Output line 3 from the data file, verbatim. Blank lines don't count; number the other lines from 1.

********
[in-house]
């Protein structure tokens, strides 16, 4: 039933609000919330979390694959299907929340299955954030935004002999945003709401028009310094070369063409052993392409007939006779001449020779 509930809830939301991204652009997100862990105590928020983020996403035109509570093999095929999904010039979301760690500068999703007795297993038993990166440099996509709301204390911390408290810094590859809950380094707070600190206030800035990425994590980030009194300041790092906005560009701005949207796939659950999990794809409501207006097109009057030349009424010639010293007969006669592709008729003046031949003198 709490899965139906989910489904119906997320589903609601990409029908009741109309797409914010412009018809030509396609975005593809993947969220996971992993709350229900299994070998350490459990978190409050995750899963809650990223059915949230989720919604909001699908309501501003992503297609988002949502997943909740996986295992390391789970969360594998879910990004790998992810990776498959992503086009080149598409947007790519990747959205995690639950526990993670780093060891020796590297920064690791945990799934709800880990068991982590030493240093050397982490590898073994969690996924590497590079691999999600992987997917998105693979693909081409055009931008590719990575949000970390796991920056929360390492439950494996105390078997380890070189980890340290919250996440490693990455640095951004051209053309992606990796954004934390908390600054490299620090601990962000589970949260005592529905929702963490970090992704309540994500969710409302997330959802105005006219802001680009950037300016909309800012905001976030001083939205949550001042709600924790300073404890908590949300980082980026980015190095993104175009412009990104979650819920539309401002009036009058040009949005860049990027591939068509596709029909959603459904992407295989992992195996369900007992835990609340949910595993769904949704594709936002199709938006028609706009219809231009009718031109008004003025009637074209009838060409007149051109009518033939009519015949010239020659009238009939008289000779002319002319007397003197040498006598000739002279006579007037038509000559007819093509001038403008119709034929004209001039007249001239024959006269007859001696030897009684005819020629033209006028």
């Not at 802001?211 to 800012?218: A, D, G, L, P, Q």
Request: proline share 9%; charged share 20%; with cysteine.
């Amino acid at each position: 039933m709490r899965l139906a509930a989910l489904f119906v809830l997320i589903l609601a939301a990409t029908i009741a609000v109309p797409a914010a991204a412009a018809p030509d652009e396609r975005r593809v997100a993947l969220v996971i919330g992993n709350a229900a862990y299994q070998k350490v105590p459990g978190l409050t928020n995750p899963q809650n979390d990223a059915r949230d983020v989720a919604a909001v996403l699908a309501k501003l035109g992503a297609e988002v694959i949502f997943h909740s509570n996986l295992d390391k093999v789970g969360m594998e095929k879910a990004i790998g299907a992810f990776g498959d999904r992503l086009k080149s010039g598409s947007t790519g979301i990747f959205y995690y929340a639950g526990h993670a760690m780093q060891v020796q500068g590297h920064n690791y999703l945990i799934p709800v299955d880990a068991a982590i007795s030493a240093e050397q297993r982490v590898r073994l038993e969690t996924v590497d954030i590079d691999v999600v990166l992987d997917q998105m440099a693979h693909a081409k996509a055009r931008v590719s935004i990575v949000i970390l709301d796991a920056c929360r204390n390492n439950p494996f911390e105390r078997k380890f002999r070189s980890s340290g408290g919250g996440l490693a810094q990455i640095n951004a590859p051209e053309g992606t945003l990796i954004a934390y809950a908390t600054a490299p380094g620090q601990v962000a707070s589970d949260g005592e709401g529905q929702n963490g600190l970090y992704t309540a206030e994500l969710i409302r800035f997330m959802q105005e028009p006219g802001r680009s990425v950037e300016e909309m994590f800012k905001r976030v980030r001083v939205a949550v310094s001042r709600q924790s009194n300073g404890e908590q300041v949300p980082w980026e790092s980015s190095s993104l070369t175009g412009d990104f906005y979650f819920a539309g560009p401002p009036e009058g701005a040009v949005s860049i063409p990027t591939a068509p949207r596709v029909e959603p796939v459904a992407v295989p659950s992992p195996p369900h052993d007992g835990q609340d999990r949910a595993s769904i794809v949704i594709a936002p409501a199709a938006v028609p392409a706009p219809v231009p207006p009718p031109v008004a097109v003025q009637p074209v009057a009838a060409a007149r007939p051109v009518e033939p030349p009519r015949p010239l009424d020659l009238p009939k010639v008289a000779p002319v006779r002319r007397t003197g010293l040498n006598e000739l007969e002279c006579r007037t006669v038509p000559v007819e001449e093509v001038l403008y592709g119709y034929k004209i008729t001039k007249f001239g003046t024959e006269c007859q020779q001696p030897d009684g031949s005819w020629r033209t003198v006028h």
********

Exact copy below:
């Not at 802001?211 to 800012?218: A, D, G, L, P, Q």